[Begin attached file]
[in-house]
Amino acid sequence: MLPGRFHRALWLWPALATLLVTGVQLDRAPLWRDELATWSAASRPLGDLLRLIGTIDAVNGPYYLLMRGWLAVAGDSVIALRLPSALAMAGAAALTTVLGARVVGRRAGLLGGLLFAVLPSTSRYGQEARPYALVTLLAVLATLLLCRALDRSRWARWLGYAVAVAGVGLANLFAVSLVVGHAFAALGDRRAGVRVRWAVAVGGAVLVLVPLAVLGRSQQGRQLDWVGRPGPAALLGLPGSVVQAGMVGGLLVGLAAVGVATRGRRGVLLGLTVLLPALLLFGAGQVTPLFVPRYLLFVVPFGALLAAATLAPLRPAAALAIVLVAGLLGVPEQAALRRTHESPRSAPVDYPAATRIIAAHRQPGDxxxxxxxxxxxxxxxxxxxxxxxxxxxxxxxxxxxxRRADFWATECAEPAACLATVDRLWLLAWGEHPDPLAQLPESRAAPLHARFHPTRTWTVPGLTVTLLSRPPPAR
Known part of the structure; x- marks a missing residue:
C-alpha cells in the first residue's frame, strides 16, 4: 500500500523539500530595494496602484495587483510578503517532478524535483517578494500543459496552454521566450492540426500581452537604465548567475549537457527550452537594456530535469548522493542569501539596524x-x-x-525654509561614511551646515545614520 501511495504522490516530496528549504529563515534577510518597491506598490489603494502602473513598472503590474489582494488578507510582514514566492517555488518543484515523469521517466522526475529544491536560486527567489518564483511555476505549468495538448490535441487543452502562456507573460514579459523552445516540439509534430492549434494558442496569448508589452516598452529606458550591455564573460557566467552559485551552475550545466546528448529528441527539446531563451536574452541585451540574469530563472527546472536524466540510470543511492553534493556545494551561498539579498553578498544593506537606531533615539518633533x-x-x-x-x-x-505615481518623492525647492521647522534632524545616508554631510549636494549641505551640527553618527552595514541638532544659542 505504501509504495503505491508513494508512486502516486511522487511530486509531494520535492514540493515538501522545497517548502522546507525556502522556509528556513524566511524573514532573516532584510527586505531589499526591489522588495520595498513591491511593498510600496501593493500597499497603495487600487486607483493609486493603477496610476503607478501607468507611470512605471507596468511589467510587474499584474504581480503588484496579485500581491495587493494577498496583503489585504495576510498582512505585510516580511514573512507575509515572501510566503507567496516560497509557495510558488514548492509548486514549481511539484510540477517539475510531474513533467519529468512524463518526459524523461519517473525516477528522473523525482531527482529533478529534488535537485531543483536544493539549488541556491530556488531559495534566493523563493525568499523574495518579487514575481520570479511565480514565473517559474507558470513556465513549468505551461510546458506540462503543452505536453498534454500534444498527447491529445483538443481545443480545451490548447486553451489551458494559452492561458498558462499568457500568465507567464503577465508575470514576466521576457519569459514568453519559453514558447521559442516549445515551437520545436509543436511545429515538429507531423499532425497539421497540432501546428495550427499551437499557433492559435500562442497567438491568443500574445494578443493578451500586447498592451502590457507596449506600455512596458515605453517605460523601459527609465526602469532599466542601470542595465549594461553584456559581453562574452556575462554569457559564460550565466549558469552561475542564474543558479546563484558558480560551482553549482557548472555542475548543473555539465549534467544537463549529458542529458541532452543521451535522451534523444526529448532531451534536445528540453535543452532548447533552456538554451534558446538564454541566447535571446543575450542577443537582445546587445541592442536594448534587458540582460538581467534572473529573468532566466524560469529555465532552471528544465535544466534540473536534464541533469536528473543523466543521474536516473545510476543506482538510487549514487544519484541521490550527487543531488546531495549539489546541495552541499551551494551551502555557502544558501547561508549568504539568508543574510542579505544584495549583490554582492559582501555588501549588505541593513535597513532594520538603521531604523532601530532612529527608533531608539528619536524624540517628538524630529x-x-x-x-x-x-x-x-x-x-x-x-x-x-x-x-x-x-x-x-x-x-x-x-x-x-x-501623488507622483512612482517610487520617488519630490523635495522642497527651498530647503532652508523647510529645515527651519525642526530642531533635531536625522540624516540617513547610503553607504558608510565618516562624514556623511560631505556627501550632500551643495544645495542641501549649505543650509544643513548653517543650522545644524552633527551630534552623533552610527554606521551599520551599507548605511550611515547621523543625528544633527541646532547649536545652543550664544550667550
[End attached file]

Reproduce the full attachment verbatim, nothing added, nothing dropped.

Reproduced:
[in-house]
Amino acid sequence: MLPGRFHRALWLWPALATLLVTGVQLDRAPLWRDELATWSAASRPLGDLLRLIGTIDAVNGPYYLLMRGWLAVAGDSVIALRLPSALAMAGAAALTTVLGARVVGRRAGLLGGLLFAVLPSTSRYGQEARPYALVTLLAVLATLLLCRALDRSRWARWLGYAVAVAGVGLANLFAVSLVVGHAFAALGDRRAGVRVRWAVAVGGAVLVLVPLAVLGRSQQGRQLDWVGRPGPAALLGLPGSVVQAGMVGGLLVGLAAVGVATRGRRGVLLGLTVLLPALLLFGAGQVTPLFVPRYLLFVVPFGALLAAATLAPLRPAAALAIVLVAGLLGVPEQAALRRTHESPRSAPVDYPAATRIIAAHRQPGDxxxxxxxxxxxxxxxxxxxxxxxxxxxxxxxxxxxxRRADFWATECAEPAACLATVDRLWLLAWGEHPDPLAQLPESRAAPLHARFHPTRTWTVPGLTVTLLSRPPPAR
Known part of the structure; x- marks a missing residue:
C-alpha cells in the first residue's frame, strides 16, 4: 500500500523539500530595494496602484495587483510578503517532478524535483517578494500543459496552454521566450492540426500581452537604465548567475549537457527550452537594456530535469548522493542569501539596524x-x-x-525654509561614511551646515545614520 501511495504522490516530496528549504529563515534577510518597491506598490489603494502602473513598472503590474489582494488578507510582514514566492517555488518543484515523469521517466522526475529544491536560486527567489518564483511555476505549468495538448490535441487543452502562456507573460514579459523552445516540439509534430492549434494558442496569448508589452516598452529606458550591455564573460557566467552559485551552475550545466546528448529528441527539446531563451536574452541585451540574469530563472527546472536524466540510470543511492553534493556545494551561498539579498553578498544593506537606531533615539518633533x-x-x-x-x-x-505615481518623492525647492521647522534632524545616508554631510549636494549641505551640527553618527552595514541638532544659542 505504501509504495503505491508513494508512486502516486511522487511530486509531494520535492514540493515538501522545497517548502522546507525556502522556509528556513524566511524573514532573516532584510527586505531589499526591489522588495520595498513591491511593498510600496501593493500597499497603495487600487486607483493609486493603477496610476503607478501607468507611470512605471507596468511589467510587474499584474504581480503588484496579485500581491495587493494577498496583503489585504495576510498582512505585510516580511514573512507575509515572501510566503507567496516560497509557495510558488514548492509548486514549481511539484510540477517539475510531474513533467519529468512524463518526459524523461519517473525516477528522473523525482531527482529533478529534488535537485531543483536544493539549488541556491530556488531559495534566493523563493525568499523574495518579487514575481520570479511565480514565473517559474507558470513556465513549468505551461510546458506540462503543452505536453498534454500534444498527447491529445483538443481545443480545451490548447486553451489551458494559452492561458498558462499568457500568465507567464503577465508575470514576466521576457519569459514568453519559453514558447521559442516549445515551437520545436509543436511545429515538429507531423499532425497539421497540432501546428495550427499551437499557433492559435500562442497567438491568443500574445494578443493578451500586447498592451502590457507596449506600455512596458515605453517605460523601459527609465526602469532599466542601470542595465549594461553584456559581453562574452556575462554569457559564460550565466549558469552561475542564474543558479546563484558558480560551482553549482557548472555542475548543473555539465549534467544537463549529458542529458541532452543521451535522451534523444526529448532531451534536445528540453535543452532548447533552456538554451534558446538564454541566447535571446543575450542577443537582445546587445541592442536594448534587458540582460538581467534572473529573468532566466524560469529555465532552471528544465535544466534540473536534464541533469536528473543523466543521474536516473545510476543506482538510487549514487544519484541521490550527487543531488546531495549539489546541495552541499551551494551551502555557502544558501547561508549568504539568508543574510542579505544584495549583490554582492559582501555588501549588505541593513535597513532594520538603521531604523532601530532612529527608533531608539528619536524624540517628538524630529x-x-x-x-x-x-x-x-x-x-x-x-x-x-x-x-x-x-x-x-x-x-x-x-x-x-x-501623488507622483512612482517610487520617488519630490523635495522642497527651498530647503532652508523647510529645515527651519525642526530642531533635531536625522540624516540617513547610503553607504558608510565618516562624514556623511560631505556627501550632500551643495544645495542641501549649505543650509544643513548653517543650522545644524552633527551630534552623533552610527554606521551599520551599507548605511550611515547621523543625528544633527541646532547649536545652543550664544550667550